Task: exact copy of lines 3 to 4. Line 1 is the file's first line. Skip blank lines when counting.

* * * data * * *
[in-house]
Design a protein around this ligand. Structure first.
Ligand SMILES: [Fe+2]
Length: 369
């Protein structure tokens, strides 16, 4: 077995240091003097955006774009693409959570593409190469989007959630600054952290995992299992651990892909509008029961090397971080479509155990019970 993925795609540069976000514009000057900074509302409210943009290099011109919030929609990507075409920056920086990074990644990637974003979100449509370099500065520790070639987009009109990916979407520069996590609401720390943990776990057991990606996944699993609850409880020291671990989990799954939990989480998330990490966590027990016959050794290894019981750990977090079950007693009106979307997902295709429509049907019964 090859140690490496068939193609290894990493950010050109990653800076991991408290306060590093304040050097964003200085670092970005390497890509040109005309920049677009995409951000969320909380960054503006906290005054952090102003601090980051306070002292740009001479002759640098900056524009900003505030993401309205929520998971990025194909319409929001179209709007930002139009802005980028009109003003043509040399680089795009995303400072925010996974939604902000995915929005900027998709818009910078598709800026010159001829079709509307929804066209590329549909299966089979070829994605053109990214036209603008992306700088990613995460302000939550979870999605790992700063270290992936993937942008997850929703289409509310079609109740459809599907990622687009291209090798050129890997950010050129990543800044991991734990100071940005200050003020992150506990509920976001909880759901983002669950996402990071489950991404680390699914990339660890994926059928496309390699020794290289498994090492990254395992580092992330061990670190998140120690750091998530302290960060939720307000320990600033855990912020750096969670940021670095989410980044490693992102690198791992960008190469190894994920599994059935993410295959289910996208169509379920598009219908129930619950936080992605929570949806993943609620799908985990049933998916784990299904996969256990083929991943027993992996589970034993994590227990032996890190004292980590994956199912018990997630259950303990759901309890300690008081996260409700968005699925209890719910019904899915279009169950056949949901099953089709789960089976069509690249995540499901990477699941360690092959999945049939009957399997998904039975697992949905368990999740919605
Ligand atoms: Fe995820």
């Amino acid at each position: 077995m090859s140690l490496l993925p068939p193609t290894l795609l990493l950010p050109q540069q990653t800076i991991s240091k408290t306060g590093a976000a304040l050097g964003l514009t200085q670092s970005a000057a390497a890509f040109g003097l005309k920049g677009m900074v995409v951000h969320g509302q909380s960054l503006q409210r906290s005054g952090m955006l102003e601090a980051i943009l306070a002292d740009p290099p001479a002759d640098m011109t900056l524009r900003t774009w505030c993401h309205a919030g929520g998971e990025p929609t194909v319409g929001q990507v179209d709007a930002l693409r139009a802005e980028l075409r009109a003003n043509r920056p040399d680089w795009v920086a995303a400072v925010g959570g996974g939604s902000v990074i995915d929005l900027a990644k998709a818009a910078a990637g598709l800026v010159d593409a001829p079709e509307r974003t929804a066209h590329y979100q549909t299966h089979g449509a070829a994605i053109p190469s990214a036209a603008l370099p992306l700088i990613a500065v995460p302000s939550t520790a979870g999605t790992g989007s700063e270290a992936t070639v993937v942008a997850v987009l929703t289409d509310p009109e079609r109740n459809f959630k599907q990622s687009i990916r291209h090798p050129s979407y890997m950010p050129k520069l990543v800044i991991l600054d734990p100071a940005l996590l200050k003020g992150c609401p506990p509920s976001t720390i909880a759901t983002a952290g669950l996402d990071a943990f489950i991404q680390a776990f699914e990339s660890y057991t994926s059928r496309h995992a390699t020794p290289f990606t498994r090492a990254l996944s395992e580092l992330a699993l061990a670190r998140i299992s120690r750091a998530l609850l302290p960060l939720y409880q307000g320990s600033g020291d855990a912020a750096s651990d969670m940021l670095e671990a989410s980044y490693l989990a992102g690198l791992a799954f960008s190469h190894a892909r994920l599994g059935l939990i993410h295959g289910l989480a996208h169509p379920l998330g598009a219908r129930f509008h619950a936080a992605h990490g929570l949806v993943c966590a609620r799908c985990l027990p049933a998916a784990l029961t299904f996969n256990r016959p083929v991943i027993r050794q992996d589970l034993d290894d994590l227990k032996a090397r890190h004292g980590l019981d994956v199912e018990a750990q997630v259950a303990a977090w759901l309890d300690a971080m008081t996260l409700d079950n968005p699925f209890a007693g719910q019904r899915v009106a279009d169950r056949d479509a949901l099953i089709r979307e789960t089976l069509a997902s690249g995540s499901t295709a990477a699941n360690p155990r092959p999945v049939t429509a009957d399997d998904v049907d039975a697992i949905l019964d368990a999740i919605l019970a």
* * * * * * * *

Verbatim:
Ligand SMILES: [Fe+2]
Length: 369